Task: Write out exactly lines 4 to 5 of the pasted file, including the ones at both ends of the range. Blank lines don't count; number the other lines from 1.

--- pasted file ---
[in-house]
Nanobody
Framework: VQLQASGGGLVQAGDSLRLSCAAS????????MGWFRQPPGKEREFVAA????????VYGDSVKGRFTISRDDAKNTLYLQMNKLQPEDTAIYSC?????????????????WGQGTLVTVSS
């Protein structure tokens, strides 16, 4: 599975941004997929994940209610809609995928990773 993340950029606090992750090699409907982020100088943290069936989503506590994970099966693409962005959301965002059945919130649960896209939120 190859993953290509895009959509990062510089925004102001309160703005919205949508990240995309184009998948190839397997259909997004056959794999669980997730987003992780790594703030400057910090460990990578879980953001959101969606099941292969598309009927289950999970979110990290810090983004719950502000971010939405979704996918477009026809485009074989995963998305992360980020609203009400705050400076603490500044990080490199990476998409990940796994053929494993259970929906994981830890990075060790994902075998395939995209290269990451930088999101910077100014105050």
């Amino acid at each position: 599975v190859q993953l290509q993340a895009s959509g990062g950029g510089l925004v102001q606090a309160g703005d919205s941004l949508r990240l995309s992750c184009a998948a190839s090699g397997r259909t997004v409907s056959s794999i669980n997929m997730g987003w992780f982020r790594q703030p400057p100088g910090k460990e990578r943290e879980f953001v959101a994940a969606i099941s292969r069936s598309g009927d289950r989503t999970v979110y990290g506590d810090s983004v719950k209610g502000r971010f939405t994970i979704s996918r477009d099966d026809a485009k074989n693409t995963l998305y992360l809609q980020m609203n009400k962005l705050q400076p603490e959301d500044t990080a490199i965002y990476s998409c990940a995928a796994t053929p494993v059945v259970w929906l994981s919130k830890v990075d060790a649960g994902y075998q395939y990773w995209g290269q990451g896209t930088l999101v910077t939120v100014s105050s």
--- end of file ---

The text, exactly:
């Protein structure tokens, strides 16, 4: 599975941004997929994940209610809609995928990773 993340950029606090992750090699409907982020100088943290069936989503506590994970099966693409962005959301965002059945919130649960896209939120 190859993953290509895009959509990062510089925004102001309160703005919205949508990240995309184009998948190839397997259909997004056959794999669980997730987003992780790594703030400057910090460990990578879980953001959101969606099941292969598309009927289950999970979110990290810090983004719950502000971010939405979704996918477009026809485009074989995963998305992360980020609203009400705050400076603490500044990080490199990476998409990940796994053929494993259970929906994981830890990075060790994902075998395939995209290269990451930088999101910077100014105050």
């Amino acid at each position: 599975v190859q993953l290509q993340a895009s959509g990062g950029g510089l925004v102001q606090a309160g703005d919205s941004l949508r990240l995309s992750c184009a998948a190839s090699g397997r259909t997004v409907s056959s794999i669980n997929m997730g987003w992780f982020r790594q703030p400057p100088g910090k460990e990578r943290e879980f953001v959101a994940a969606i099941s292969r069936s598309g009927d289950r989503t999970v979110y990290g506590d810090s983004v719950k209610g502000r971010f939405t994970i979704s996918r477009d099966d026809a485009k074989n693409t995963l998305y992360l809609q980020m609203n009400k962005l705050q400076p603490e959301d500044t990080a490199i965002y990476s998409c990940a995928a796994t053929p494993v059945v259970w929906l994981s919130k830890v990075d060790a649960g994902y075998q395939y990773w995209g290269q990451g896209t930088l999101v910077t939120v100014s105050s």